As Japan braces for a snap election later this month, Toshihiro Nikai, the No. 2 man of the ruling Liberal Democratic Party, on Wednesday dismissed it as “impossible” that his party will lose big enough to put the leadership of Prime Minister Shinzo Abe and the LDP in jeopardy.
Questions are mounting over the low bar Abe set for the ruling coalition’s victory, aiming to win a simple majority, or 233 seats, in the 465-member Lower House in the Oct. 22 vote.
Some critics say the goal is intentionally unambitious, citing the LDP and Komeito coalition’s overwhelming pre-election strength of more than 320 seats. That margin means the LDP alone could afford to lose as many as 89 seats before the two parties hit the minimum 233-seat threshold needed to maintain a majority in the Diet.
Even a loss of about 50 LDP seats would be bad enough for the party, as it means the LDP would be close to forfeiting its own majority in the chamber.
That opens the question of whether Abe would have to take responsibility in a scenario where the coalition maintains a safe majority but sees a substantial loss of seats that would signal a stern public rebuke of the LDP. When asked about this, Nikai, secretary-general of the party and known for his abrupt attitude toward reporters, said it won’t be an issue.
“That’s a very grim hypothetical question to ask me before the election,” Nikai said in a joint interview with local media outlets on Wednesday. “Don’t worry. Such a scenario is impossible.”
The LDP’s primary opponent in the election is Kibo no To (Party of Hope), which is led by Tokyo Gov. Yuriko Koike.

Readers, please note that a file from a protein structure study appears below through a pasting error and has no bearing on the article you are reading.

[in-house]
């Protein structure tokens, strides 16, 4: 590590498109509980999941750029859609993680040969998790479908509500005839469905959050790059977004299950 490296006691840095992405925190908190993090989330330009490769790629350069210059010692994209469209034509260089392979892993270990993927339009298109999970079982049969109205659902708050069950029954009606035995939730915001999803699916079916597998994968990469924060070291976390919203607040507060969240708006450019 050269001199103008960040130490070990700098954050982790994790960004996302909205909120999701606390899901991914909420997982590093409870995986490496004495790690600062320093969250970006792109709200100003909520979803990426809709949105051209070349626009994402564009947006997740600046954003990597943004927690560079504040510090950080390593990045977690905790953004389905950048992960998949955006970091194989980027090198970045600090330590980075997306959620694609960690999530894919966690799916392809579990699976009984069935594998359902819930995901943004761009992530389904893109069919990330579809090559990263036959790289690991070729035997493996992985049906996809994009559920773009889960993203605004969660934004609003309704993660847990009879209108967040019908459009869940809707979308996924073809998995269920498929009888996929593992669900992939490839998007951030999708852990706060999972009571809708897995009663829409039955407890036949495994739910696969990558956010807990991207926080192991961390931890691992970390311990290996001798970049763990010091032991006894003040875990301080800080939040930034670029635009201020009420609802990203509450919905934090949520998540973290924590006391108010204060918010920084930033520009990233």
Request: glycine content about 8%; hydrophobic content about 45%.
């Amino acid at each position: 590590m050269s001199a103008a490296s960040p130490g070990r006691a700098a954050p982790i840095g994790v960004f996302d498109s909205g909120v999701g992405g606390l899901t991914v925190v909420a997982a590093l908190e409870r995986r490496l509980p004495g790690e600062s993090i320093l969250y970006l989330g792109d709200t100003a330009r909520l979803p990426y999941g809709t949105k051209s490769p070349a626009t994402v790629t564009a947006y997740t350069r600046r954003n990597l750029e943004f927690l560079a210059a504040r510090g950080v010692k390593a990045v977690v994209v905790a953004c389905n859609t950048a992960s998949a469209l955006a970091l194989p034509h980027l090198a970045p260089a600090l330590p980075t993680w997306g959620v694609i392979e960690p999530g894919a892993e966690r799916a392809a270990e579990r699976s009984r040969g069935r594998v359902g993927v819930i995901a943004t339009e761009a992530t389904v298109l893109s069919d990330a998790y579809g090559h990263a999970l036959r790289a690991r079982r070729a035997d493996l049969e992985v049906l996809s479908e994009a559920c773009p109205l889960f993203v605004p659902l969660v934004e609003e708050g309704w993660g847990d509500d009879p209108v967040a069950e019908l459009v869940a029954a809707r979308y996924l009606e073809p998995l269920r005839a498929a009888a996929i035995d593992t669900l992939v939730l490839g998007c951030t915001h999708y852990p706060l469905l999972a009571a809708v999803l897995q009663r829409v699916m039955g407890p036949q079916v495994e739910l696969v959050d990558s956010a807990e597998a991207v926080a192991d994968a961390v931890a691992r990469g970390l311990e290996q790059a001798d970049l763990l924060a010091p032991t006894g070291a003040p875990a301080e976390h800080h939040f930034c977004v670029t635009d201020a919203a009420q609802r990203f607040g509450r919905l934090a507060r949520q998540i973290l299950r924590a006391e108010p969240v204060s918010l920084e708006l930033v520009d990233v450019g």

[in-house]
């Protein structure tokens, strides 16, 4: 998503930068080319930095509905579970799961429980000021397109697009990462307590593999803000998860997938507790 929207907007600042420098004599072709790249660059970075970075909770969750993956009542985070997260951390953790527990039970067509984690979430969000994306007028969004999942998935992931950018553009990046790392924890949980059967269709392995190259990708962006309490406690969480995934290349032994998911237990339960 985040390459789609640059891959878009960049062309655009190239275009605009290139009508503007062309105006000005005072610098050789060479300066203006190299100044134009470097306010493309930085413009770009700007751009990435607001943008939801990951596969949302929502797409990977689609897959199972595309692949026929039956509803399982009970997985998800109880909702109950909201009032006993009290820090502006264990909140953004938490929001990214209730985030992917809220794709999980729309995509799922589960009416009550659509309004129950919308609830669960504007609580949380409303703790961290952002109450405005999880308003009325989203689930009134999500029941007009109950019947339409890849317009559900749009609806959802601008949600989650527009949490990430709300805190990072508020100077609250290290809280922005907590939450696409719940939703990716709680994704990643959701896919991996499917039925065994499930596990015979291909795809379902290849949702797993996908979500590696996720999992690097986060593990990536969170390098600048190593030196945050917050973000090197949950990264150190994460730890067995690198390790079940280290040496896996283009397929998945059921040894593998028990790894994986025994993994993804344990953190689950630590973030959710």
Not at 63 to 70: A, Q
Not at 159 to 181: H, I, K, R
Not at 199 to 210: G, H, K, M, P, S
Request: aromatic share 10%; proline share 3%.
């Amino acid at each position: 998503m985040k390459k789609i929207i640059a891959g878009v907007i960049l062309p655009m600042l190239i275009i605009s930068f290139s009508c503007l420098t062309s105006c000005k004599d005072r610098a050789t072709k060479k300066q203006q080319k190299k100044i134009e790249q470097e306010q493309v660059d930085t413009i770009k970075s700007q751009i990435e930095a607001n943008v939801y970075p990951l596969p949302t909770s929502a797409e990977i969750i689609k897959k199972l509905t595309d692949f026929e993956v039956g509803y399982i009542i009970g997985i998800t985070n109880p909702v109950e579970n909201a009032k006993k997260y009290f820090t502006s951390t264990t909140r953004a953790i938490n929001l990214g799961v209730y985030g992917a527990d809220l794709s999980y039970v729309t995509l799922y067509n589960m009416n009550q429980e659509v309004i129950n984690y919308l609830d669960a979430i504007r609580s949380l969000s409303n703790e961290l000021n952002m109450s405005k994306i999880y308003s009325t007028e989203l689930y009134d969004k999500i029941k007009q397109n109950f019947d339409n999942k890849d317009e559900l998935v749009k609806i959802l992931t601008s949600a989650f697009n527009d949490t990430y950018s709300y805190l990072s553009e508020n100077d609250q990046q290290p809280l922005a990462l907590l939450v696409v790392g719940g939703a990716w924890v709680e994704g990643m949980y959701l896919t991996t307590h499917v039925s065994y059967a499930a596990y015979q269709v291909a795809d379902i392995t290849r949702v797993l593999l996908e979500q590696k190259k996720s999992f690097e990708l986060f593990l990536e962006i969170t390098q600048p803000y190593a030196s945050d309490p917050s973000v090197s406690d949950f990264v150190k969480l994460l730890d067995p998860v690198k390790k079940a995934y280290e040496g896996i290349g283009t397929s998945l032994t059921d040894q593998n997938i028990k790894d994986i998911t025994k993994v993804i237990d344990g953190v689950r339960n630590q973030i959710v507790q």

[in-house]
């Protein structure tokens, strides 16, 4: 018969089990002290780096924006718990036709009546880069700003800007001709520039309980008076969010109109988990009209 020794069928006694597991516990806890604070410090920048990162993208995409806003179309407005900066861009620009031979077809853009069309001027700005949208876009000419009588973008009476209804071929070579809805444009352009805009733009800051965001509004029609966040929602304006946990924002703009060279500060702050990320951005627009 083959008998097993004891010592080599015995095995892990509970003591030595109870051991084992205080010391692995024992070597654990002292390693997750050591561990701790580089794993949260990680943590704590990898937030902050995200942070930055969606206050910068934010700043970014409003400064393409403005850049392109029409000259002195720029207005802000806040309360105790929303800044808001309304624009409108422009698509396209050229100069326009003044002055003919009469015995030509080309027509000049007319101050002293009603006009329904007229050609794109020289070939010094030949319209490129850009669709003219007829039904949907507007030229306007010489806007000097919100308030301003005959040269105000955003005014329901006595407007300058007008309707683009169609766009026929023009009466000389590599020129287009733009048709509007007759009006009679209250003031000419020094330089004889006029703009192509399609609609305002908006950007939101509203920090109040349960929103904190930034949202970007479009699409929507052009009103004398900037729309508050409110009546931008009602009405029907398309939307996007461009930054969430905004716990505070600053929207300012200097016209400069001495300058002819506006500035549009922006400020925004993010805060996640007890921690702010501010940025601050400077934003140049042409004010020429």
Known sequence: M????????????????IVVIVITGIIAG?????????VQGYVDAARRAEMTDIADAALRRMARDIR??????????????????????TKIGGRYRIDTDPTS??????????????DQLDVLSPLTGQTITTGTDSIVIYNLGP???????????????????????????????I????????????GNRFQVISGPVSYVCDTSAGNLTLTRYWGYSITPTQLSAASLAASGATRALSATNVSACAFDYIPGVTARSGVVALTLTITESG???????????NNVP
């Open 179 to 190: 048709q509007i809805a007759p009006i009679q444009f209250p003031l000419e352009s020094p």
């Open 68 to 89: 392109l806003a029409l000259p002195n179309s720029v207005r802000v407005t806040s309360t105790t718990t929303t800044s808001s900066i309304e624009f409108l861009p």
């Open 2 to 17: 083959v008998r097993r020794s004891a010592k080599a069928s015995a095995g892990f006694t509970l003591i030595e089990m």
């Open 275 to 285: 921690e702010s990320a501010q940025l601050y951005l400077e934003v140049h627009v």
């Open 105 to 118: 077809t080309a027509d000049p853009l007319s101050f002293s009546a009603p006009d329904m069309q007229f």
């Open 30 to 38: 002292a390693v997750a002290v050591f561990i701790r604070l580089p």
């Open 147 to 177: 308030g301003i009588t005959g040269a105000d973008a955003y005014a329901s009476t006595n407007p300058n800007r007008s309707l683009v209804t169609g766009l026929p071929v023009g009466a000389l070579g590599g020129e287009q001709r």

The latest polls suggest the LDP is headed for a reasonably solid win now that the initial hype for Kibo no To appears to have fizzled out. Koike, despite wide speculation, decided not to run for a Lower House seat in the upcoming poll, thereby failing to establish for her party a potential rival who could replace Abe as prime minister after his nearly five years in power.
As yet Abe’s main challenger for prime ministership remains faceless since Koike still hasn’t named the candidate to succeed the incumbent if her party wins a majority. This leaves voters confused as to whom exactly Abe is pitted against for the nation’s top office.
“At the risk of sounding rude, it’s almost unthinkable the next prime minister can be chosen from that party,” Nikai said, referring to Kibo no To.
Koike, however, has dropped some hints as to whom she may have in mind.
In what may have been an ingratiating gesture, her party refrained from fielding its own candidates in districts where some prominent “post-Abe” lawmakers — including ex-Defense Minister Shigeru Ishiba, ex-Foreign Minister Fumio Kishida and internal affairs minister Seiko Noda — are running.
According to media speculation, should the LDP lose a majority after the election, Koike may support one of these names to become the next prime minister and seek to join forces with the LDP to form a new coalition.
“I don’t care,” Nikai said when asked about this scenario. “I don’t think (a partnership with Kibo no To) is likely.”
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